Presentation on theme: "LACNIC III Geolocation: New Pressures on RIRs? 12 November, 2002 Andrew McLaughlin Berkman Center, Harvard Law School."— Presentation transcript:
LACNIC III Geolocation: New Pressures on RIRs? 12 November, 2002 Andrew McLaughlin Berkman Center, Harvard Law School
Example 1: The Yahoo! Case Yahoos yahoo.com auction site allows posting of Nazi paraphernalia Nazi paraphernalia –(But not on its www.yahoo.fr site) Anti-racist groups in France sue Yahoo! French judge orders Yahoo! to stop linking from its French take measures to block French users from access Experts report: We think that IP address tracing using RIR Whois data would correctly identify about 70% of French Internet users as in France –Yahoo already uses such methods to target advertising. (Try www.google.com in Mexico!) –Lots of ways to evade this, like using proxy servers
French judges ruling Yahoo.com auction site is directed generally at US-based users But France has jurisdiction over Yahoo! –Symbols of Nazi ideology are of interest to any person –Simply displaying those symbols in France is a violation of the law –Yahoo! knows it reaches French users (Yahoo! targets its advertising) Yahoo! already targets ads by geography, and blocks drugs, cigarettes, live animals, human organs Yahoo! must (or pay euros 15,000/day): 1.Block French IP addresses from self-identified Nazi content; 2.Ask for user declaration of nationality whenever IP address information is not clear; 3.Check for place of delivery.
Example 2: New EU Tax Rules When its new Value Added Tax (VAT) rules go into effect in July 2003, the European Union will require non-EU e-commerce vendors to charge tax on the basis of the geographic location of the customer. VAT rates vary by country For sales, residence of customer is location of transaction. US variation: Collection of state-level sales taxes.
Geolocation Simply means matching a given IP address with other data (RIR Whois databases, or specially-constructed proprietary databases) to pinpoint the geographic location of the machine. –Geolocation service vendors assemble their databases by gathering and storing individual IP addresses together with associated physical locations, as provided during e-commerce transactions, Enter Your Zip Code, etc. Many limitations to these services: –For customers using dynamic IP addressing (dial-up customers), only the physical location of the POP can be estimated. –Same for users of proxy servers, VPNs, anonymizers, etc. –Cross-national ISPs; changes in network topology are common. –IPv6 makes shifts in geographic network topology much easier.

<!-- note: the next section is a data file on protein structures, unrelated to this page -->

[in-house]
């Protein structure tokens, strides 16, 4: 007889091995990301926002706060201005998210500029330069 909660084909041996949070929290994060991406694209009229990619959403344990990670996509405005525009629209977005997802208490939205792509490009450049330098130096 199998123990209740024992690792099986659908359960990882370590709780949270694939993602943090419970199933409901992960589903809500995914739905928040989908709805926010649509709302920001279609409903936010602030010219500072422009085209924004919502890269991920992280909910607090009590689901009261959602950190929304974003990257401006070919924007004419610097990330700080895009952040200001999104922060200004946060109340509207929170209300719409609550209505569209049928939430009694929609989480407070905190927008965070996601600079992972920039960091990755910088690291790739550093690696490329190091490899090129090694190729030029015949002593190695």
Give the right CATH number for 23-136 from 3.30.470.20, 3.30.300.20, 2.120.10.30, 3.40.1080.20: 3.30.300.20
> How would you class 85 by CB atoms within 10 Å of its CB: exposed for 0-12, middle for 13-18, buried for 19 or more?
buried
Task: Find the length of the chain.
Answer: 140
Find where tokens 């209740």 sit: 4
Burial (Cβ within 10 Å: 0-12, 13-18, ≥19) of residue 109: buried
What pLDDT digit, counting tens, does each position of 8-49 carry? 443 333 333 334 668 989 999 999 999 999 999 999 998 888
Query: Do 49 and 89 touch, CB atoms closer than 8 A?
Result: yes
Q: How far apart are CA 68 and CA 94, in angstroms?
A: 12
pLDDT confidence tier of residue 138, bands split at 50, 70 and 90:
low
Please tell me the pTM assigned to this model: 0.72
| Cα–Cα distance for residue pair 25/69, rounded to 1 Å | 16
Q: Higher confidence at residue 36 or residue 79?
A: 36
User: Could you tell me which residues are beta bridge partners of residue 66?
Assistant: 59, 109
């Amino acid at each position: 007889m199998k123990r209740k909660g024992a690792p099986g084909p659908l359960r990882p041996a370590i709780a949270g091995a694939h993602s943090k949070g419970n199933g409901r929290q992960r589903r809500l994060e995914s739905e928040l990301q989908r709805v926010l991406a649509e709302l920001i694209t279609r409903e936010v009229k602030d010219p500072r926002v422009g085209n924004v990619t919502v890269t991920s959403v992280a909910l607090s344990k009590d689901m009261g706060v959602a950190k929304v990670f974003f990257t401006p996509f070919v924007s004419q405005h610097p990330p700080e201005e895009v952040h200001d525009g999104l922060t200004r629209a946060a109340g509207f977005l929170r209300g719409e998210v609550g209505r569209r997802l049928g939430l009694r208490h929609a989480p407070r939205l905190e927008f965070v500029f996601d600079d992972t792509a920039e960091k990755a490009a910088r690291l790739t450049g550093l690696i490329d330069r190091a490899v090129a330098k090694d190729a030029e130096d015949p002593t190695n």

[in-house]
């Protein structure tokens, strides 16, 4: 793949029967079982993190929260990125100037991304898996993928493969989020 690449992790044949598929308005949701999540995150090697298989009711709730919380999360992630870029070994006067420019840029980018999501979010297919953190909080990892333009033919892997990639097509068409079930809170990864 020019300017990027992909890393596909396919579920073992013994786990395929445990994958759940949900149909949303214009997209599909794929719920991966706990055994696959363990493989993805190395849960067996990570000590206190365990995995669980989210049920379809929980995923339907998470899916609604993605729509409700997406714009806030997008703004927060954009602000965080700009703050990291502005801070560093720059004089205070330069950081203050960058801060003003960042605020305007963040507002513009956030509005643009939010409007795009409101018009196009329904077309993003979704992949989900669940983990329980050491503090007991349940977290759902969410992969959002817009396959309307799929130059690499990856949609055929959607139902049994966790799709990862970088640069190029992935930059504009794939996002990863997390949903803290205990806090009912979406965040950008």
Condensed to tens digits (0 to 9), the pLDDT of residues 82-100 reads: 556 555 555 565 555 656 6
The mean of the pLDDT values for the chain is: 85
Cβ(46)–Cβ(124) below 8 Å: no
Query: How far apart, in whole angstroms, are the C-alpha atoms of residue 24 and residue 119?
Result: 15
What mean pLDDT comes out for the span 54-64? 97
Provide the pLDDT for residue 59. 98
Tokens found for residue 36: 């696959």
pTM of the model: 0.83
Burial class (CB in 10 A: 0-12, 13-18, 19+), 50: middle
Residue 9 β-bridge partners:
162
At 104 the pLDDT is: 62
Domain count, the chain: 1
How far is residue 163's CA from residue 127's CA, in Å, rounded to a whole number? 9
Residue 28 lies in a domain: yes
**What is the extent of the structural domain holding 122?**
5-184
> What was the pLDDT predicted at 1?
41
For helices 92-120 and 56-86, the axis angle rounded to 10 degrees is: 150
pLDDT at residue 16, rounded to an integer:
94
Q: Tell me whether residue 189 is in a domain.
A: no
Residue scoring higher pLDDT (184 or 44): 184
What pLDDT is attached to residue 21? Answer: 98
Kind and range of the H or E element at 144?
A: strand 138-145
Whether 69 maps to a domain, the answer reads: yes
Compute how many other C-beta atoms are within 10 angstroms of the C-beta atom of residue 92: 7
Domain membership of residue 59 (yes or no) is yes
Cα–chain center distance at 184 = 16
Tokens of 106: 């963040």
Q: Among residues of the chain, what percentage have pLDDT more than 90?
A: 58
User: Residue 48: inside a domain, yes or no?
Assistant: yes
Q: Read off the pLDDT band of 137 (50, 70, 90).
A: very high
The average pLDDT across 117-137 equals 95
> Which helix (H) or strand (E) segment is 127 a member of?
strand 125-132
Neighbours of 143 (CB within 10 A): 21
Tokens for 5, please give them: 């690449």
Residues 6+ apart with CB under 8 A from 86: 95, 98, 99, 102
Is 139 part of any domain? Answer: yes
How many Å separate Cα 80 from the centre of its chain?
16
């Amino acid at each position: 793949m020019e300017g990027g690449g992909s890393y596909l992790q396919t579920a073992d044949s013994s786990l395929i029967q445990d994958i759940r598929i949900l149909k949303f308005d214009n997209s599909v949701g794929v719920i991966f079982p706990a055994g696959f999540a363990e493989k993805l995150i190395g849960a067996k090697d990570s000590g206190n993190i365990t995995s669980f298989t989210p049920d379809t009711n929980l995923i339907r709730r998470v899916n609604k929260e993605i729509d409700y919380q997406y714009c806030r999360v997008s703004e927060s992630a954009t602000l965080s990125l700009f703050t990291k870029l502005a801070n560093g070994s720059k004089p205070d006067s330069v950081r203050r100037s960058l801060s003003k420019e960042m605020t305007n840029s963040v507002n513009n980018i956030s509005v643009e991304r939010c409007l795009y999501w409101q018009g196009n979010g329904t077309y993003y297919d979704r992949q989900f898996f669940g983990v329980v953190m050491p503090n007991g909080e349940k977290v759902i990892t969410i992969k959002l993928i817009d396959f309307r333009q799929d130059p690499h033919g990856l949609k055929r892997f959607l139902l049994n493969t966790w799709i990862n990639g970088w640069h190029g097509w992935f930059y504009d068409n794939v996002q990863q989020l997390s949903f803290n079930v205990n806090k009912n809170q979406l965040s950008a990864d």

Governmental Interest? Goal: Pinpoint geographic location of individual users. –Automatically & reliably. Requiring use of proprietary geolocation services is not viewed as a realistic option – strong preference for use of non-commercial data sources. –RIR Whois data is free and publicly available. So: There has been some government-level discussion about the use of the RIR Whois data to achieve the goal –Could vendors / websites be required to use RIR-maintained Whois data to locate customers / readers? –For improved accuracy, what changes in RIR Whois databases would be required? –Sources: OECD papers, EU taxation reports, US state tax proposals.
RIPE NCC Whois Policy Each assignment and allocation for public Internet address space must be registered in a publicly accessible Whois Database. Allocations and assignments in the RIPE NCC service region are registered in the RIPE Whois Database. This is necessary to ensure uniqueness and to support network operations. All assignments to End Users need to be registered in the RIPE Whois Database. However, static assignments of single IP addresses to individual End Users (e.g. dial-up, ADSL, etc.) do not have to be registered separately to the Database. However, special verification methods apply. Update; LIR Audit [RIPE-234, 14 June 2002] ftp://ftp.ripe.net/ripe/docs/ripe-234.txt
APNIC Whois Poilcy IRs are responsible for promptly and accurately registering their allocations and assignments in the APNIC Whois Database, as follows: All allocations must be registered. Assignments for networks greater than /30 must be registered. Assignments for networks of /30 or less may be registered, at the discretion of the IR and the network administrator. Assignments to hosts may be registered, at the discretion of the IR and the end-user. Update; [APNIC-086, 19 April 2002]
RIR Problem (?) Individual networks (AOL, UUNet, NTT Verio) cross national boundaries. IP addresses are assigned by LIRs to networks without regard to the physical location of an End User. –27 million AOL users will appear to be in Virginia. RIR Whois data does not map to national boundaries. Is it conceivable that RIR Whois data could be extended all the way down the allocation/assignment tree?
Looking ahead As governments (and their courts) and the EU seek to apply laws to Internet content and transactions, there is some indication that they will explore the use of the RIRs IP address Whois data for purposes of pinpointing end user locations. This seems to be a very very tentative idea – nothing too serious yet. My view: –Not a smart idea to require automated geolocation. –Not a smart idea to rely on RIR Whois data. The RIR communities should anticipate governmental interest in RIR Whois, and be prepared to explain and respond.